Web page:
Alternative Fuels Energy Policy Today Essay

Total Length: 691 words ( 2 double-spaced pages)

Total Sources: 4

Page 1 of 2

Right now, the most obvious need in the world economy is in alternative fuels.

While the enemies of progress -- a loose coalition of oil industry interests, corrupt politicians and science-denying religious fundamentalists -- thwart attempts by government to promote alternative energy, nations such as China are leading the world in developing new energy technologies. That country, already feeling the constraints of energy shortages on economic growth, has become a leader in solar and wind technology, and has some of the biggest hydroelectric projects in the world (Fang, 2006). Other nations such as Germany are also taking the lead in the rollout of alternative fuels. If the United States allows other nations to take the lead in the development of alternative energy, it is allowing them to take the lead in development in the next century (LaMonica, 2010).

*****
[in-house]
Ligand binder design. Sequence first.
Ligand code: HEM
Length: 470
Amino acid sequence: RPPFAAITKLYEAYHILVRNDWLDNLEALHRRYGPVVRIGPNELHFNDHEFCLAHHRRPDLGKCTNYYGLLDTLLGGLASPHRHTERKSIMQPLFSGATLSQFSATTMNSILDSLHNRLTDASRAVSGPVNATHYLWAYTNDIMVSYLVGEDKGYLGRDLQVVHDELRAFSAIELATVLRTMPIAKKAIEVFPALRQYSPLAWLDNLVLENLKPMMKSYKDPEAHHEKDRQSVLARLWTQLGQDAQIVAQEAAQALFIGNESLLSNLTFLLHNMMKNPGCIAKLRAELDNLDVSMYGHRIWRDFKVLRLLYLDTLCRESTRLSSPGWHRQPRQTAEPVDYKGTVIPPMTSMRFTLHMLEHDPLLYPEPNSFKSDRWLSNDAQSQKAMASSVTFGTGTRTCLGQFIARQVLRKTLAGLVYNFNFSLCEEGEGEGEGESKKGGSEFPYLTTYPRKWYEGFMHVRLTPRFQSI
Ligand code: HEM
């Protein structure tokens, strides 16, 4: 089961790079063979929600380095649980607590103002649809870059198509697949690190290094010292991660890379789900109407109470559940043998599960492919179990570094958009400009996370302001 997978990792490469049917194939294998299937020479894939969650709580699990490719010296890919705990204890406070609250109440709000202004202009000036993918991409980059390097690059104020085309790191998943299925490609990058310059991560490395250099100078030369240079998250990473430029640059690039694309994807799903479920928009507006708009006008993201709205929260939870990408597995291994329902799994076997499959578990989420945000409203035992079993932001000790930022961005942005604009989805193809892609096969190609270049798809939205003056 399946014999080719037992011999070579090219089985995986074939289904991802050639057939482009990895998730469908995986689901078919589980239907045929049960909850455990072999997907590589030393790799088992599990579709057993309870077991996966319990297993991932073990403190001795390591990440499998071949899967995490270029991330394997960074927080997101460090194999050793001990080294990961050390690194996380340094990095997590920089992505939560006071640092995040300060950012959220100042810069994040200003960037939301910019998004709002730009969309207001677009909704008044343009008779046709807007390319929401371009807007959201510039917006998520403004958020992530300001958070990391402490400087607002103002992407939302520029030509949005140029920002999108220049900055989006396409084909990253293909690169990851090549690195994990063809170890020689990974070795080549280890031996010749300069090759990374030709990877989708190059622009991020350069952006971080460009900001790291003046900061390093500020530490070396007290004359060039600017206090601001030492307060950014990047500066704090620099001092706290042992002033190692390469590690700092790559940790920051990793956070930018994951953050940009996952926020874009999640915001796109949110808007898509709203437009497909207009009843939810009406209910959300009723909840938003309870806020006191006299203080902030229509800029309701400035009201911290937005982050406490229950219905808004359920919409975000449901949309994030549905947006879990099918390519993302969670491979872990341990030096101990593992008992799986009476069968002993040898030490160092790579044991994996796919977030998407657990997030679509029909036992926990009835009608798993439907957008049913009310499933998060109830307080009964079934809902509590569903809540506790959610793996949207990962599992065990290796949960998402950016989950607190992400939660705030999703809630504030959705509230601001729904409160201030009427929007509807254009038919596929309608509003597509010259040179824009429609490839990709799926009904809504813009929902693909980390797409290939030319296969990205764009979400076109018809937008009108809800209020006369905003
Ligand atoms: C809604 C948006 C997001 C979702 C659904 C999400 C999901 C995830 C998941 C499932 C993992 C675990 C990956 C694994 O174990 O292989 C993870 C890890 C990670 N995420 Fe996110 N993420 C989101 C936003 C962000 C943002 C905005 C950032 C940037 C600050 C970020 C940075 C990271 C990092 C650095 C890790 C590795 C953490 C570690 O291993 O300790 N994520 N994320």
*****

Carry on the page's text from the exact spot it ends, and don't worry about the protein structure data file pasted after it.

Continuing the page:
Under the current woeful alternative energy programs, the next century will see other nations surpass the United States. While we are slurping up the last few gallons of oil out of the earth's crust and destroying our environment to do it, the world's progressive nations will already have moved into the 22nd century.
We will be forced to play catch-up. With our current alternative energy policy, America is ceding leadership of the world's most pressing issue to other countries. That is not how this country became great, and it is not how we will remain great. An alternative energy policy needs to be developed now, with long-term vision, to take America into the post-oil world still the world leader in innovation and technology.

Works Cited:

Fang, B. (2006). China's renewal. U.S. News and World Report. Retrieved November 30, 2010 from

Inman, M. (2010). Has the world already passed peak oil? National Geographic. Retrieved November 30, 2010 from

Hamilton, J. (2009). Oil prices and the economic recession of 2007-08. VoxEU. Retrieved November 30, 2010 from

LaMonica, M. (2010). GE's Immelt: U.S. lagging in clean energy. CNet. Retrieved November 30, 2010 from

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